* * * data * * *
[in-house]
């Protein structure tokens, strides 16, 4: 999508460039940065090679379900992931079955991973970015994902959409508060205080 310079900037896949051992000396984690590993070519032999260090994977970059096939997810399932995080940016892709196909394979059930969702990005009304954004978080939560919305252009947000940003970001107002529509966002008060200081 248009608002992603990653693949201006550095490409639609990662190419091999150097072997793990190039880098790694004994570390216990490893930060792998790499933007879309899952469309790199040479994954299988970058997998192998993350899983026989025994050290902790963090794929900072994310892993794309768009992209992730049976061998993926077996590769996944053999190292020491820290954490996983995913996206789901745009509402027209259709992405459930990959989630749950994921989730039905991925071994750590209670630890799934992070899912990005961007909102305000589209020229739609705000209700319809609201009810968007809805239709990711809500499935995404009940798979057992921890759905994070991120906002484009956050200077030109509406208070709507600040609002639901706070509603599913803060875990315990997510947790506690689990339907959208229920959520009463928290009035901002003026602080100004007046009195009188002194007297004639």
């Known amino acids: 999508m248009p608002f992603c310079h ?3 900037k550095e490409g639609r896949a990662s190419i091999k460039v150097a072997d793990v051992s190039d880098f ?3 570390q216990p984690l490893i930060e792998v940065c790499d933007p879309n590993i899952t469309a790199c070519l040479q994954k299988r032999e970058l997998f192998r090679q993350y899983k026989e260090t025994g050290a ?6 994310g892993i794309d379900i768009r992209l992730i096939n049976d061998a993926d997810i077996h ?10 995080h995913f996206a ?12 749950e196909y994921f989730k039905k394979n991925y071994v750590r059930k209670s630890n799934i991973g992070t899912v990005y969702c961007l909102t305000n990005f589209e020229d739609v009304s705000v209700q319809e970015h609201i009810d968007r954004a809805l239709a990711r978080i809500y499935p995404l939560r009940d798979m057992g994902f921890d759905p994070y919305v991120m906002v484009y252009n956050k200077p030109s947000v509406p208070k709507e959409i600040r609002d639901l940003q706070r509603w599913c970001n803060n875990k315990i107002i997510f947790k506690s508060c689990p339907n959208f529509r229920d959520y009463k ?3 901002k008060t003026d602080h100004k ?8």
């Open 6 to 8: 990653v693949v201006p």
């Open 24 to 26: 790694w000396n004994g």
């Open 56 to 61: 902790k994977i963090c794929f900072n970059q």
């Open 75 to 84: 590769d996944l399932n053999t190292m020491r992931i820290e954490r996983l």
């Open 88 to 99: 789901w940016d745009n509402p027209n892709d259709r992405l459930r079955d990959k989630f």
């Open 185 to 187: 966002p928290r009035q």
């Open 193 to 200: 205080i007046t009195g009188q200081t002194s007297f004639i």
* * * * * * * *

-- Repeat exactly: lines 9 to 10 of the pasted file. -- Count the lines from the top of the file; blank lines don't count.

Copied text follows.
């Open 185 to 187: 966002p928290r009035q």
């Open 193 to 200: 205080i007046t009195g009188q200081t002194s007297f004639i």